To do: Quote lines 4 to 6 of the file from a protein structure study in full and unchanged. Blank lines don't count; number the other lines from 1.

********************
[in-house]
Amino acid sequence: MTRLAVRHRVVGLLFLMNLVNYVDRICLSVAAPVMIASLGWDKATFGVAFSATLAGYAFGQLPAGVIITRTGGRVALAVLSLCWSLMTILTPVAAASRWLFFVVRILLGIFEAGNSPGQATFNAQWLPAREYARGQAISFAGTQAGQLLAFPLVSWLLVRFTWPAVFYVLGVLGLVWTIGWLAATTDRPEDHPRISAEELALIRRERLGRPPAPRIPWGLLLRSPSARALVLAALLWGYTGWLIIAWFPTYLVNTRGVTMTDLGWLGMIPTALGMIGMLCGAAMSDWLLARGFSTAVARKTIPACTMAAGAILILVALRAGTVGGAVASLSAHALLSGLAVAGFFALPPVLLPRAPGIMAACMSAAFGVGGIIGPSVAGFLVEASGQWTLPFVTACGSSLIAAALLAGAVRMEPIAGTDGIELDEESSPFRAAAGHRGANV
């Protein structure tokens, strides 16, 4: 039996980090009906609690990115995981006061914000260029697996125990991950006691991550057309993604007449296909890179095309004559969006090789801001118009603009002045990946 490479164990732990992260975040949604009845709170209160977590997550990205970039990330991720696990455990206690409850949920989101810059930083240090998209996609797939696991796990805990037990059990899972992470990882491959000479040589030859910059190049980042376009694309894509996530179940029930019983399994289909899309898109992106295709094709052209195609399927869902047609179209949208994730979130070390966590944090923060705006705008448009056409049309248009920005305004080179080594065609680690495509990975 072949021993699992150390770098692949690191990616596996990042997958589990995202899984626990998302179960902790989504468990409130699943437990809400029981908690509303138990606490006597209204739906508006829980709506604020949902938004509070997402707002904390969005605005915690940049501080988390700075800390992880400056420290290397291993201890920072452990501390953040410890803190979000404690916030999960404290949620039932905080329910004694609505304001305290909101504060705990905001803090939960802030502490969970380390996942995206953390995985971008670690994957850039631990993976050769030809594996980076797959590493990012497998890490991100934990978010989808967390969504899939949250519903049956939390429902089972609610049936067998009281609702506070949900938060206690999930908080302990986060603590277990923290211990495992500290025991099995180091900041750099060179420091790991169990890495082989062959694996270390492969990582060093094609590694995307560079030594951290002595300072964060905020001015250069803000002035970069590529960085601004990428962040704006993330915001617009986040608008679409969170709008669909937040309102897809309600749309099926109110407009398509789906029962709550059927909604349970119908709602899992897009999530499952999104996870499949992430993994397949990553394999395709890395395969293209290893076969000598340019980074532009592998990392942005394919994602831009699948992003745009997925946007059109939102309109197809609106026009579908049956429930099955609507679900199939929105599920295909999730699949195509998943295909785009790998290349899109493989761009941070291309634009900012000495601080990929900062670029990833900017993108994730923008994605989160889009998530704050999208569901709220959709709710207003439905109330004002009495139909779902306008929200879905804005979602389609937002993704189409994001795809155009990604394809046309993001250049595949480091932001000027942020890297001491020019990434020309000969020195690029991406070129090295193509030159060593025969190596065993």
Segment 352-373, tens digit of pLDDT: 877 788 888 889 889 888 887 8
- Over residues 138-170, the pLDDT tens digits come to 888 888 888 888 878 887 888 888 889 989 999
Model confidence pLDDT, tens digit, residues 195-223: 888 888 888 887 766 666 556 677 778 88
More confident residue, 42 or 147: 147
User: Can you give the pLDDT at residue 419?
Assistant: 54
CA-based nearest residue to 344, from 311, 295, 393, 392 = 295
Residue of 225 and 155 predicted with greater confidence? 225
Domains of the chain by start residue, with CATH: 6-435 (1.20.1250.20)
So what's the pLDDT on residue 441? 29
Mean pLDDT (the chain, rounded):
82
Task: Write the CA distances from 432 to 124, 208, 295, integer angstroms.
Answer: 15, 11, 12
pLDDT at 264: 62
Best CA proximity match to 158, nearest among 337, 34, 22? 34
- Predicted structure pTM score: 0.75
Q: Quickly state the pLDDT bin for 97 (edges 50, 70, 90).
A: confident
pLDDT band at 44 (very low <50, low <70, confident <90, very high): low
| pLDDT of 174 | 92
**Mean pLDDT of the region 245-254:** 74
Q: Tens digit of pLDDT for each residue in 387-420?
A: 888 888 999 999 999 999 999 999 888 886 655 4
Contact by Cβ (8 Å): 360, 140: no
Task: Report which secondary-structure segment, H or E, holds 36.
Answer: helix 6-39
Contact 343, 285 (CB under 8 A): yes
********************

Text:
Segment 352-373, tens digit of pLDDT: 877 788 888 889 889 888 887 8
- Over residues 138-170, the pLDDT tens digits come to 888 888 888 888 878 887 888 888 889 989 999
Model confidence pLDDT, tens digit, residues 195-223: 888 888 888 887 766 666 556 677 778 88